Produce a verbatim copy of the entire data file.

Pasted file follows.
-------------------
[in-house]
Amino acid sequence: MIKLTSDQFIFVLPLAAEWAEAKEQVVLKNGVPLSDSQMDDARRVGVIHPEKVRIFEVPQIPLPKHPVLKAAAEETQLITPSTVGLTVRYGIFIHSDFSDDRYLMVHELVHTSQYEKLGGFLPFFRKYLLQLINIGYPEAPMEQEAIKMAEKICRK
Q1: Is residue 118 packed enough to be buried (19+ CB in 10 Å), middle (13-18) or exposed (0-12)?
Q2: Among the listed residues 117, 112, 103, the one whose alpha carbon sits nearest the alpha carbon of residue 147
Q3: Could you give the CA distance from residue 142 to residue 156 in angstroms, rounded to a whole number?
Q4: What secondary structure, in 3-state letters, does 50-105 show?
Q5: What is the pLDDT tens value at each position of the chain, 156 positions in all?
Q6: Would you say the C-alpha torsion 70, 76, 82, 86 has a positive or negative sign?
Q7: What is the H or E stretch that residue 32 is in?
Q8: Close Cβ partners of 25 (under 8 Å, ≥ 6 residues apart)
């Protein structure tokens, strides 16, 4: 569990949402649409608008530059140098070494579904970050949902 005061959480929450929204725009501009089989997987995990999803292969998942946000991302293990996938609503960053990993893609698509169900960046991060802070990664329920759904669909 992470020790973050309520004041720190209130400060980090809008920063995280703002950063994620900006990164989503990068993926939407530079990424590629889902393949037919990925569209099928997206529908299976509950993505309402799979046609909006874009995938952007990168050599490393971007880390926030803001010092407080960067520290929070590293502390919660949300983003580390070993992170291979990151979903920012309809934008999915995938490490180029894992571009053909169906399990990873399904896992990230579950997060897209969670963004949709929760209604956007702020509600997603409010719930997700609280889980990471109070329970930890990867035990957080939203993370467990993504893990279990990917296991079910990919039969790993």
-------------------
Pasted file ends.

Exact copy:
[in-house]
Amino acid sequence: MIKLTSDQFIFVLPLAAEWAEAKEQVVLKNGVPLSDSQMDDARRVGVIHPEKVRIFEVPQIPLPKHPVLKAAAEETQLITPSTVGLTVRYGIFIHSDFSDDRYLMVHELVHTSQYEKLGGFLPFFRKYLLQLINIGYPEAPMEQEAIKMAEKICRK
Q1: Is residue 118 packed enough to be buried (19+ CB in 10 Å), middle (13-18) or exposed (0-12)?
Q2: Among the listed residues 117, 112, 103, the one whose alpha carbon sits nearest the alpha carbon of residue 147
Q3: Could you give the CA distance from residue 142 to residue 156 in angstroms, rounded to a whole number?
Q4: What secondary structure, in 3-state letters, does 50-105 show?
Q5: What is the pLDDT tens value at each position of the chain, 156 positions in all?
Q6: Would you say the C-alpha torsion 70, 76, 82, 86 has a positive or negative sign?
Q7: What is the H or E stretch that residue 32 is in?
Q8: Close Cβ partners of 25 (under 8 Å, ≥ 6 residues apart)
């Protein structure tokens, strides 16, 4: 569990949402649409608008530059140098070494579904970050949902 005061959480929450929204725009501009089989997987995990999803292969998942946000991302293990996938609503960053990993893609698509169900960046991060802070990664329920759904669909 992470020790973050309520004041720190209130400060980090809008920063995280703002950063994620900006990164989503990068993926939407530079990424590629889902393949037919990925569209099928997206529908299976509950993505309402799979046609909006874009995938952007990168050599490393971007880390926030803001010092407080960067520290929070590293502390919660949300983003580390070993992170291979990151979903920012309809934008999915995938490490180029894992571009053909169906399990990873399904896992990230579950997060897209969670963004949709929760209604956007702020509600997603409010719930997700609280889980990471109070329970930890990867035990957080939203993370467990993504893990279990990917296991079910990919039969790993």